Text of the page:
A letter sent by the New York State Democratic Committee to voters around the state — and whose tone some people have found intimidating — has landed in the mailboxes of some local Democrats.
The brief, unsigned letter says whether the voter casts a vote is a matter of public record and then provides basic information on how they can determine their registration status.
The letter then concludes: “We will be reviewing the Saratoga County official voting records after the upcoming election to determine whether you joined your neighbors who voted in 2014. If you did not vote this year, we will be interested to hear why not.”
At least one voter who received the letter was disturbed enough to share it with The Daily Gazette. The letter went to about 1 million people statewide, generating stories in the New York Post and on various conservative blogs.
“That’s very intimidating,” said Saratoga County Republican Committee Chairman John Herrick. “We’d never even think of sending a letter like that.”
Schenectady County Democratic Committee Chairman Joe Landry and Saratoga County Democratic County Chairman Todd Kerner said Friday they knew nothing about the mailing and had received no complaints about it.
The letter, while unsigned, contains the statement: “Paid for by the New York State Democratic Committee and not authorized by any candidate or candidate’s committee.”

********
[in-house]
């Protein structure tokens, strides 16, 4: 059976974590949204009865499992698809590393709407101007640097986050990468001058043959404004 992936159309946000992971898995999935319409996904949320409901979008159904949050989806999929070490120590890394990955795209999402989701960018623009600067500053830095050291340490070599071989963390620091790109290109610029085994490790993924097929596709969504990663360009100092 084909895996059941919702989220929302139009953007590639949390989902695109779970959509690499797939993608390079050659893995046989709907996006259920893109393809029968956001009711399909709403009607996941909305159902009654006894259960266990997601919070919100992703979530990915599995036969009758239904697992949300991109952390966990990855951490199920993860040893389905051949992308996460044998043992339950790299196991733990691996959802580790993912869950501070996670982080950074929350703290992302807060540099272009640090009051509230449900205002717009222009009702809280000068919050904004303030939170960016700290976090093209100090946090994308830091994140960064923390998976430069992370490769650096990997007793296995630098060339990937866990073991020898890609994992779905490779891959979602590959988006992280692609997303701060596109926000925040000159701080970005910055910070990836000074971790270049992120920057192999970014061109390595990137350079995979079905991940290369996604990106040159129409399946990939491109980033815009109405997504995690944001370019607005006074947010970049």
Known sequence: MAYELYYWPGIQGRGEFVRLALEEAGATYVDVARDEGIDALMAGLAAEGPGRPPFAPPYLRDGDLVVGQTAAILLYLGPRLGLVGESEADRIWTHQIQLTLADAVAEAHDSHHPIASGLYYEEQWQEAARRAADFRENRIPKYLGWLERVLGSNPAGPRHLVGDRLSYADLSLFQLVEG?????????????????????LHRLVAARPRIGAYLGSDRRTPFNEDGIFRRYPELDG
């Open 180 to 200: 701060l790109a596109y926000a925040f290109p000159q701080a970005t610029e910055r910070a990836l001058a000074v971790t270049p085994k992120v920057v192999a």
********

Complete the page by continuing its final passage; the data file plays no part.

Peter Kauffmann, a spokesman for the state Democratic Committee, told The Associated Press the letter is “part of the nationwide Democratic response to traditional Republican voter suppression efforts — because Democrats believe our democracy works better when more people vote, not less.”
Political scientists said such letters are effective in increasing voter turnout, and the AP said similar mailings have been sent out this year in Alaska, North Carolina, Rhode Island, Colorado and Iowa.
Barbara Thomas, vice president of the League of Women Voters of New York State, said everything the letter states is true: A voter’s attendance record at the polls is public information.
“It sounds a little intimidating, but maybe it’s good to let people know it’s a matter of public record,” she said. “It doesn’t strike me as being unfair.”
Thomas also noted the letter doesn’t threaten any action against those who don’t vote.
Since this is an “off-year,” non-presidential election, significantly less than half of those eligible to vote are going to turn out, if recent election history is an indication.